Turkey may consider 'parting ways' with EU if needed, Erdoğan says

Turkish President Erdoğan has mentioned that Ankara might consider "parting ways" with the European Union in responding to inquiries regarding the European Parliament report signaling the termination of Turkey's accession to the EU process due to democratic backsliding.

Reuter - Duvar English

Turkish President Recep Tayyip Erdoğan said on Sept. 16 that Ankara could "part ways" with the European Union if necessary when asked about the contents of a European Parliament report on Turkey.

The report, adopted earlier this week, said Turkey's accession process with the 27-member bloc cannot resume under current circumstances and called for the EU to explore "a parallel and realistic framework" for its ties with Ankara.

Turkey has been an official candidate to join the EU for 24 years, but accession talks have stalled in recent years over the bloc's concerns about human rights violations and respect for the rule of law.

The parliament noted the ever-increasing democratic backsliding in the country and emphasized that it is concerned about women's rights, gender-based violence, the increase in femicide, widespread hate speech and discrimination against the LGBTI+ community.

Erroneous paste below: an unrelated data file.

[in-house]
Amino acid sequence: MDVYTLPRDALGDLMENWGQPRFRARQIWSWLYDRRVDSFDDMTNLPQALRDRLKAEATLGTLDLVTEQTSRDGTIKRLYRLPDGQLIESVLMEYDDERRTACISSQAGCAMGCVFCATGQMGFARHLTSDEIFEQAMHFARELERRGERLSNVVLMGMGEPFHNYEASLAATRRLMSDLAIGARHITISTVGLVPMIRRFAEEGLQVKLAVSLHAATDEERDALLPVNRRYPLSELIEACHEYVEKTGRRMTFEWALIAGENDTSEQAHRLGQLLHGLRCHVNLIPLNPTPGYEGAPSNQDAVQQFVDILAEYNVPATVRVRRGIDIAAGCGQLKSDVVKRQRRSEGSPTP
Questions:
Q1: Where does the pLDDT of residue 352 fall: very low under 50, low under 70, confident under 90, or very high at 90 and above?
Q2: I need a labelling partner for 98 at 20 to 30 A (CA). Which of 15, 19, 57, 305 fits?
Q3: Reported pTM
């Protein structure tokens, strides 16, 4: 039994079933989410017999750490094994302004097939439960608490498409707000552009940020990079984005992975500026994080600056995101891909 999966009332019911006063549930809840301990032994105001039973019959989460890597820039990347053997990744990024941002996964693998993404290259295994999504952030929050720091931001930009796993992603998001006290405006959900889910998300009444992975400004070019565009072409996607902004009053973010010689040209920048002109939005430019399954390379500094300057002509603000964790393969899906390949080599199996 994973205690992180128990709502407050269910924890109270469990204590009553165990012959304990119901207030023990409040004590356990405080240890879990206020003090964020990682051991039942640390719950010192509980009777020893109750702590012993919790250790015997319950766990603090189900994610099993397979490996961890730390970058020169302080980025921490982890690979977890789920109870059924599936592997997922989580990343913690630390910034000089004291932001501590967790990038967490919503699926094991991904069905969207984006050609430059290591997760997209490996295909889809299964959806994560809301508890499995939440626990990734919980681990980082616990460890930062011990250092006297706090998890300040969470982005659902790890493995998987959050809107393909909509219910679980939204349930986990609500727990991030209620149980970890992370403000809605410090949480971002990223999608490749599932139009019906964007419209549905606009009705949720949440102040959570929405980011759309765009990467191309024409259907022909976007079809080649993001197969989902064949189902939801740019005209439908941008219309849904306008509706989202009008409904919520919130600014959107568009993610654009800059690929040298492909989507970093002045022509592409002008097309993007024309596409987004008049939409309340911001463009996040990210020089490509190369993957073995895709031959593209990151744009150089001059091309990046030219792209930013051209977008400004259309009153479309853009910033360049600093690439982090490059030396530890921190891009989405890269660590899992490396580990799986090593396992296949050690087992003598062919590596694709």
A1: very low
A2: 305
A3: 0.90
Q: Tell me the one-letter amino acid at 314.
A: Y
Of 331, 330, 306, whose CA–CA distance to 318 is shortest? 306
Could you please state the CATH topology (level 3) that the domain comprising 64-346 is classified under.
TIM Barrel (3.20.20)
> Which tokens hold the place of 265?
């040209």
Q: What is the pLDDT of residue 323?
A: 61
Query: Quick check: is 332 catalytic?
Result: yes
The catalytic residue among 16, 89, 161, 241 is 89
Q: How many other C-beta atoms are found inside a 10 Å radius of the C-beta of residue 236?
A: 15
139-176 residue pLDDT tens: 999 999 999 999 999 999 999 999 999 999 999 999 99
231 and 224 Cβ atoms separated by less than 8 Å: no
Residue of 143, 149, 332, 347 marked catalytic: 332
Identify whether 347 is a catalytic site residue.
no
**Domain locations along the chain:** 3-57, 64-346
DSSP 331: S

"The EU is trying to break away from Turkey," Erdoğan told reporters ahead of a trip to the United States. "We will make our evaluations against these developments and if necessary, we can part ways with the EU."

Turkey's Foreign Ministry said earlier this week that the European Parliament report contained unfounded allegations and prejudices and took "a shallow and non-visionary" approach to the country's ties with the EU.

The report includes assessments on a range of issues, including Turkey's growing economic relations with Russia in the context of the invasion of Ukraine, the country's rigid stance on the Sweden's NATO membership application process, relations with Armenia and Greece, and the Cyprus problem.